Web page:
Back to my doctor’s office two weeks later, the results of all the tests showed that I was enemic. Thinking the symptoms was stress related I nevertheless happen to tell my doctor of the Oprah episode with Dr. Oz and how my symptoms were increasing in frequency. She decided to send me to the gastroenterologist – just to be safe.
A month later I’m discussing my symptoms with the gastroenterologist …to be noted… I didn’t have any bleeding or pain (or any other external symptoms) and, although I’m too young to have one (45) – he schedules a Colonoscopy based on the symptoms that was provided to me by Dr. Oz. with his poop discussion.
Three weeks later I’m back at the Gastroenterologist’s office having the colonoscopy. I must admit… the hardest part of the exam is the prepping the day before. You had to drink this liquid from a big plastic jug the Dr. gives you, it comes with 4 flavor packets. Everyone I talked to who had the procedure said that the Pineapple flavor is the best – so I mixed the Pineapple flavor with the liquid in the plastic jug and started drinking.
Having the procedure was easy; I was basically knocked out during the whole event.
There I was back in the examination room waiting for the doctor to come in with the results.
Being that I always eat well (basically a Mediterranean diet) along with an active lifestyle (working out at the gym 6 days a week & tons of walking… this is NY after all) I was expecting a clean bill of health.
Then the Dr. walked in with a concerned look in his eyes and the announcement that he had to stop the procedure due to “an obstruction”.
This was on December 31st, 2008.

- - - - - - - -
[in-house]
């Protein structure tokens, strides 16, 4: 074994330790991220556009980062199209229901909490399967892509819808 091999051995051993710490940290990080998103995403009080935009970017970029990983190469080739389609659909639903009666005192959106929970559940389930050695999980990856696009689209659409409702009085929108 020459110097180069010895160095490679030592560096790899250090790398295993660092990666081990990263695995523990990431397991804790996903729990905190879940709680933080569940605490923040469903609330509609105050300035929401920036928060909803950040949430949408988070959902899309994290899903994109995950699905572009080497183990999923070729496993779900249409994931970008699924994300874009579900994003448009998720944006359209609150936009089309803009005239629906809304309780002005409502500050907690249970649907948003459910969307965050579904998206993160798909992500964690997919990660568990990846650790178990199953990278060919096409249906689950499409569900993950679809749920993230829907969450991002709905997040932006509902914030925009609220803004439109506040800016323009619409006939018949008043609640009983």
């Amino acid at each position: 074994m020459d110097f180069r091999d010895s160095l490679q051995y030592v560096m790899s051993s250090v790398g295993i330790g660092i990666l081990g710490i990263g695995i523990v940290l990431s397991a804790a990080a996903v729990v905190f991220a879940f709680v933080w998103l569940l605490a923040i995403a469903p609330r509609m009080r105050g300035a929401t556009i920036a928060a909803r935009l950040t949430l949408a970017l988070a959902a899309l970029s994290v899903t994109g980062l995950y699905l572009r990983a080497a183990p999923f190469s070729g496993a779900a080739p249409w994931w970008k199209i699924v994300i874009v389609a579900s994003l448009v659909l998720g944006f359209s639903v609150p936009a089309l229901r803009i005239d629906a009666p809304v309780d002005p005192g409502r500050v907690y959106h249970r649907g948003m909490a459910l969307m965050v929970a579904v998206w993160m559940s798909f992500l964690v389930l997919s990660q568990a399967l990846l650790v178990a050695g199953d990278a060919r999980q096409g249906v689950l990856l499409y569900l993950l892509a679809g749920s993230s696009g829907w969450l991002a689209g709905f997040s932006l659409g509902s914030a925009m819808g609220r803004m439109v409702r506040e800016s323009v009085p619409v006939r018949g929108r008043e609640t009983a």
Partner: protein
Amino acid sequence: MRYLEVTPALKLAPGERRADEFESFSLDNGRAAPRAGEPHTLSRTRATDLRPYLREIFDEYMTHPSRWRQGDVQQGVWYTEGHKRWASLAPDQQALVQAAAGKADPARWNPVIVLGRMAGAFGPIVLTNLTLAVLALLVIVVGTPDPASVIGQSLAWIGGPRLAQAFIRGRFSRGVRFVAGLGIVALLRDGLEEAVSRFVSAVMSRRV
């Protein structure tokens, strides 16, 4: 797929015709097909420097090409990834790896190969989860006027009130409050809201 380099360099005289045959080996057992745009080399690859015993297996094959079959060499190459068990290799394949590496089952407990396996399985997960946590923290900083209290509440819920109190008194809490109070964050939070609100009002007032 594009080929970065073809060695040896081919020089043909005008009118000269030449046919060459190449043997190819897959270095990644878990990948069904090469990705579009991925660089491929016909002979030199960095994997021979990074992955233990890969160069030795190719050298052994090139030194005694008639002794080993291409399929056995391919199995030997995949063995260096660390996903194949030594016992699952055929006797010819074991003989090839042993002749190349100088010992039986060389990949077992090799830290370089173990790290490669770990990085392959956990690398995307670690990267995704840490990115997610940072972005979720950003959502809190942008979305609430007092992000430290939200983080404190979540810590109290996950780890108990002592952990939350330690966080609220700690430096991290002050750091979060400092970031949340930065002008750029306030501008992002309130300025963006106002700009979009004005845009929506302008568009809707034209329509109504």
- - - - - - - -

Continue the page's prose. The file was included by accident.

At that moment my mind went blank, “an obstruction… what does that mean?” deep down knowing full well what it meant, but I had to hear it from him.
“There’s something in the way, I couldn’t go any further”. He replied, “I need you to lie on the table”. Which I did, still trying to comprehend what’s happening.
He felt my abdomen and replied that he could feel something on my right side. “See, on your left side I feel nothing” he said as he was kneading my left side, “but on the right I could feel something… right here” as he kneaded my right side.
“I’m going to send you to get a CT scan, I’ll have the front desk make the appointments”.
A week later I was in Beth Israel Hospital getting a CT scan. As I was in the waiting room drinking this liquid before the procedure I looked around at the other patients waiting to have similar testing done. Not one of them looked to be under 60. “What am I doing… here?” I said to myself as I was drinking this liquid. Still in disbelief, I was convinced that the CT scan would reveal that everything is negative, and the Dr. was wrong.
I went about my life and pushed back the thought of the “obstruction” until the following week when I went back to the Gastroenterology office with the results.
I was back in the Gastroenterology exam room when he came in with the same concerned look in his eyes.
That made me worried.
“Well, you have a large tumor which points to Colon Cancer”.
First disbelief crossed my mind… then with a nervous laugh I replied that he must have the wrong file, I’m the healthiest person I know.
He looked down at the file and said… “No… I’ll read you the results of the CT scan…”.
As he was reading the results my mind was racing… how could this be happening to me?!! Why would this be happening… to me?!!
And me without a bucket list!
My life flashed before me, grateful for my past accomplishments but was looking forward to a future with many more.
“What’s the next step”? I asked.